Difference between revisions of "Nonfree applications package guidelines"

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[[Category: Package development (English)]]
+
[[Category:Arch package guidelines]]
{{i18n|Nonfree Applications Package Guidelines}}
+
[[ja:ノンフリーアプリケーションパッケージガイドライン]]
{{Package Guidelines}}
+
[[pt:Nonfree applications package guidelines]]
 +
{{Package guidelines}}
  
 
{{Expansion|cover about encrypting archives, symlinking etc.}}
 
{{Expansion|cover about encrypting archives, symlinking etc.}}
Line 9: Line 10:
  
 
== Rationale ==
 
== Rationale ==
 +
 
There are multiple reasons for packaging even non-packageable software:
 
There are multiple reasons for packaging even non-packageable software:
 +
 
* Simplification of installation/removal process
 
* Simplification of installation/removal process
 
:This is applicable even to the simplest of apps, which consist of a single script to be installed into {{Ic|/usr/bin}}. Instead of issuing:
 
:This is applicable even to the simplest of apps, which consist of a single script to be installed into {{Ic|/usr/bin}}. Instead of issuing:
 +
 
:{{bc|$ chmod +x ''filename''}}
 
:{{bc|$ chmod +x ''filename''}}
 +
:{{bc|$ chown root:root ''filename''}}
 
:{{bc|# cp ''filename'' /usr/bin/}}
 
:{{bc|# cp ''filename'' /usr/bin/}}
 
:you can type just
 
:you can type just
:{{bc|# makepkg -i}}
+
:{{bc|$ makepkg -i}}
 
:Most non-free applications are obviously much more complicated, but the burden of downloading an archive/installer from a homepage (often full of advertising), unpacking/decrypting it, hand-writing stereotypical launcher scripts and doing other similar tasks can be effectively lightened by a well-written packaging script.
 
:Most non-free applications are obviously much more complicated, but the burden of downloading an archive/installer from a homepage (often full of advertising), unpacking/decrypting it, hand-writing stereotypical launcher scripts and doing other similar tasks can be effectively lightened by a well-written packaging script.
 +
 
* Utilizing pacman capabilities
 
* Utilizing pacman capabilities
 
:The ability to track state, perform automatic updates of any installed piece of software, determine ownership of every single file, and store compressed packages in a well-organized cache is what makes GNU/Linux distributions so powerful.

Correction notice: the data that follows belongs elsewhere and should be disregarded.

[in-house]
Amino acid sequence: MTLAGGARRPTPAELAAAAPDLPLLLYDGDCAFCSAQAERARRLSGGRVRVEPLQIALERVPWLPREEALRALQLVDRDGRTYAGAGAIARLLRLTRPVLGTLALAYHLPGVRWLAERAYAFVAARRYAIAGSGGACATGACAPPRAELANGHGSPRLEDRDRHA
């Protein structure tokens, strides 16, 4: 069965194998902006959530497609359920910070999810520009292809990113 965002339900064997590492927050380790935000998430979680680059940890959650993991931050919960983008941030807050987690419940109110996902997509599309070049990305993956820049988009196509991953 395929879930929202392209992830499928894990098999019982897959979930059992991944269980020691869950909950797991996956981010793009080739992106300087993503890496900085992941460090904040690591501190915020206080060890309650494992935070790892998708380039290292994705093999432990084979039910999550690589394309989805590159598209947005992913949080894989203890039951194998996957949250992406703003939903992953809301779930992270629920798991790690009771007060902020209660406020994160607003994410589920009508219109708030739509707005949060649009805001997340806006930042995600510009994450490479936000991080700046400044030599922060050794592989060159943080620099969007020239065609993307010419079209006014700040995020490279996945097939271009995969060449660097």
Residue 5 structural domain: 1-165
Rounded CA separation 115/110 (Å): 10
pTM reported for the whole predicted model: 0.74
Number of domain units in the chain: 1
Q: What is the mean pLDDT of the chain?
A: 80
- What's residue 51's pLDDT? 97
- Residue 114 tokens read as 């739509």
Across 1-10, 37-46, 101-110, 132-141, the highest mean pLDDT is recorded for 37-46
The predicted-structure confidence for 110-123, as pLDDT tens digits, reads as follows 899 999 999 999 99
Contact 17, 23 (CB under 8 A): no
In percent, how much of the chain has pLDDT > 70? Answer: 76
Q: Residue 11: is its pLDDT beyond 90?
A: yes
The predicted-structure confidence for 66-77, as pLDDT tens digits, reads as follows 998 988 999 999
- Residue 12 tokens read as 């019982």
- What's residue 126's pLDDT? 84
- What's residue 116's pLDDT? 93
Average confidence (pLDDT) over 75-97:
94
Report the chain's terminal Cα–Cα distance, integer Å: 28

:The ability to track state, perform automatic updates of any installed piece of software, determine ownership of every single file, and store compressed packages in a well-organized cache is what makes GNU/Linux distributions so powerful.
 +
 
* Sharing code and knowledge
 
* Sharing code and knowledge
:It is simpler to apply tweaks, fix bugs and seek/provide help in a single public place like AUR versus submitting patches to proprietary developers who may have ceased support or asking vague questions on general purpose forums.
+
:It is simpler to apply tweaks, fix bugs and seek/provide help in a single public place like the AUR versus submitting patches to proprietary developers who may have ceased support or asking vague questions on general purpose forums.
  
 
== Common rules ==
 
== Common rules ==
 +
 
=== Avoid nonfree software when possible ===
 
=== Avoid nonfree software when possible ===
Yes, it's better to leave this guide and spend some time searching (or maybe even creating) alternatives to an application you wanted to package because  
+
 
# Packaging ill software is a mess which is generally against [[The Arch Way]]
+
Yes, it's better to leave this guide and spend some time searching (or maybe even creating) alternatives to an application you wanted to package because:
# It is better to support FOSS developers who generally care about users more
+
 
 +
# It is better to support software that is owned by us all than software that is owned by a company
 +
# It is better to support software that is actively maintained
 +
# It is better to support software that can be fixed if just one person out of millions cares enough
  
 
=== Use open source variants where possible ===
 
=== Use open source variants where possible ===
Many commercial games ([[Common Applications/Games/Reimplemented|some are listed in this Wiki]]) have open source engines and many old games can be played with emulators such as [[Wikipedia:ScummVM|ScummVM]]. Using open source engines together with the original game assets gives users access to bug fixes and eliminates several issues caused by binary packages.
+
 
 +
Many commercial games ([[List of Applications/Games|some are listed in this Wiki]]) have open source engines and many old games can be played with emulators such as [[Wikipedia:ScummVM|ScummVM]]. Using open source engines together with the original game assets gives users access to bug fixes and eliminates several issues caused by binary packages.
  
 
=== Keep it simple ===
 
=== Keep it simple ===
 +
 
If the packaging of some program requires more effort and hacks than buying and using the original version - do the simplest thing, it is Arch!
 
If the packaging of some program requires more effort and hacks than buying and using the original version - do the simplest thing, it is Arch!